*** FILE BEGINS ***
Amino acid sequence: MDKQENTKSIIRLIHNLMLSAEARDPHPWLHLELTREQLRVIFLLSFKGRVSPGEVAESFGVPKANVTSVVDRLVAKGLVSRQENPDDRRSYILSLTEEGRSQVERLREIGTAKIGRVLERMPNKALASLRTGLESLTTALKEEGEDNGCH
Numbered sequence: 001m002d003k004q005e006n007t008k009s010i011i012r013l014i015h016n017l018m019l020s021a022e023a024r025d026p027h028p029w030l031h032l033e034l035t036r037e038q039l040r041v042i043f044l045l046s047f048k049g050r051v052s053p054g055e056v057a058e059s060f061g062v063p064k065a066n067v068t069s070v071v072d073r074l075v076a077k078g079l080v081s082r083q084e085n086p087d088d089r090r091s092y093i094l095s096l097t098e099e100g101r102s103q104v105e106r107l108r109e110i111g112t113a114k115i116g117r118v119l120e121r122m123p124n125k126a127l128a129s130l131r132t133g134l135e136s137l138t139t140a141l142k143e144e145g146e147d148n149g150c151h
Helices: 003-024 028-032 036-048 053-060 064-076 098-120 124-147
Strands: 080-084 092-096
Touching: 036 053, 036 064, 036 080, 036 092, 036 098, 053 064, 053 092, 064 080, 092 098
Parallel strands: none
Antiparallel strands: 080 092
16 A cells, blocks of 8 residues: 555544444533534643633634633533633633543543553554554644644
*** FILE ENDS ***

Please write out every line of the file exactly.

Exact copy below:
Amino acid sequence: MDKQENTKSIIRLIHNLMLSAEARDPHPWLHLELTREQLRVIFLLSFKGRVSPGEVAESFGVPKANVTSVVDRLVAKGLVSRQENPDDRRSYILSLTEEGRSQVERLREIGTAKIGRVLERMPNKALASLRTGLESLTTALKEEGEDNGCH
Numbered sequence: 001m002d003k004q005e006n007t008k009s010i011i012r013l014i015h016n017l018m019l020s021a022e023a024r025d026p027h028p029w030l031h032l033e034l035t036r037e038q039l040r041v042i043f044l045l046s047f048k049g050r051v052s053p054g055e056v057a058e059s060f061g062v063p064k065a066n067v068t069s070v071v072d073r074l075v076a077k078g079l080v081s082r083q084e085n086p087d088d089r090r091s092y093i094l095s096l097t098e099e100g101r102s103q104v105e106r107l108r109e110i111g112t113a114k115i116g117r118v119l120e121r122m123p124n125k126a127l128a129s130l131r132t133g134l135e136s137l138t139t140a141l142k143e144e145g146e147d148n149g150c151h
Helices: 003-024 028-032 036-048 053-060 064-076 098-120 124-147
Strands: 080-084 092-096
Touching: 036 053, 036 064, 036 080, 036 092, 036 098, 053 064, 053 092, 064 080, 092 098
Parallel strands: none
Antiparallel strands: 080 092
16 A cells, blocks of 8 residues: 555544444533534643633634633533633633543543553554554644644